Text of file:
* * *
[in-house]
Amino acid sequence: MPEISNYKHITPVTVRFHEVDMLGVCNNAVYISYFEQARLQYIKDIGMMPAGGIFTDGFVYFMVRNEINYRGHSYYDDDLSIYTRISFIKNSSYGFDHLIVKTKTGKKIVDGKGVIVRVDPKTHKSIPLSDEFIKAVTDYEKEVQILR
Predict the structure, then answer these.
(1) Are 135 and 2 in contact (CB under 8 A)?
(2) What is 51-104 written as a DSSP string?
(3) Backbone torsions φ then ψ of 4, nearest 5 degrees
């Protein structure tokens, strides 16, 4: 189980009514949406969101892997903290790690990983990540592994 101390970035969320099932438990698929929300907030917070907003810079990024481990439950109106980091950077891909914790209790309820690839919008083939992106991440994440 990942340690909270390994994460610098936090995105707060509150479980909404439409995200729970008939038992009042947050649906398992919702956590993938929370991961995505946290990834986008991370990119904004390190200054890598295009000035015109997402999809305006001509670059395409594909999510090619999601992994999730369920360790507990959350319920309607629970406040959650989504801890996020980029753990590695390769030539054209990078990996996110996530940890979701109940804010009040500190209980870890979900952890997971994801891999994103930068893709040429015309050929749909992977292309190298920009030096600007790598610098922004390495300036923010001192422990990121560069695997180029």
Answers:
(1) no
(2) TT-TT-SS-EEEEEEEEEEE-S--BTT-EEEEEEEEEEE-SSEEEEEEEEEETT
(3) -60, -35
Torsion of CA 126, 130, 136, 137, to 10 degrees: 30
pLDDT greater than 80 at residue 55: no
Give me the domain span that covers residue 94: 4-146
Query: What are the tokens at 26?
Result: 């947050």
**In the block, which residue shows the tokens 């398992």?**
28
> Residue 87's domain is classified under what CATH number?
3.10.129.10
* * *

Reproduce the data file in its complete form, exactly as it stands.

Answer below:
[in-house]
Amino acid sequence: MPEISNYKHITPVTVRFHEVDMLGVCNNAVYISYFEQARLQYIKDIGMMPAGGIFTDGFVYFMVRNEINYRGHSYYDDDLSIYTRISFIKNSSYGFDHLIVKTKTGKKIVDGKGVIVRVDPKTHKSIPLSDEFIKAVTDYEKEVQILR
Predict the structure, then answer these.
(1) Are 135 and 2 in contact (CB under 8 A)?
(2) What is 51-104 written as a DSSP string?
(3) Backbone torsions φ then ψ of 4, nearest 5 degrees
């Protein structure tokens, strides 16, 4: 189980009514949406969101892997903290790690990983990540592994 101390970035969320099932438990698929929300907030917070907003810079990024481990439950109106980091950077891909914790209790309820690839919008083939992106991440994440 990942340690909270390994994460610098936090995105707060509150479980909404439409995200729970008939038992009042947050649906398992919702956590993938929370991961995505946290990834986008991370990119904004390190200054890598295009000035015109997402999809305006001509670059395409594909999510090619999601992994999730369920360790507990959350319920309607629970406040959650989504801890996020980029753990590695390769030539054209990078990996996110996530940890979701109940804010009040500190209980870890979900952890997971994801891999994103930068893709040429015309050929749909992977292309190298920009030096600007790598610098922004390495300036923010001192422990990121560069695997180029």
Answers:
(1) no
(2) TT-TT-SS-EEEEEEEEEEE-S--BTT-EEEEEEEEEEE-SSEEEEEEEEEETT
(3) -60, -35
Torsion of CA 126, 130, 136, 137, to 10 degrees: 30
pLDDT greater than 80 at residue 55: no
Give me the domain span that covers residue 94: 4-146
Query: What are the tokens at 26?
Result: 């947050």
**In the block, which residue shows the tokens 């398992």?**
28
> Residue 87's domain is classified under what CATH number?
3.10.129.10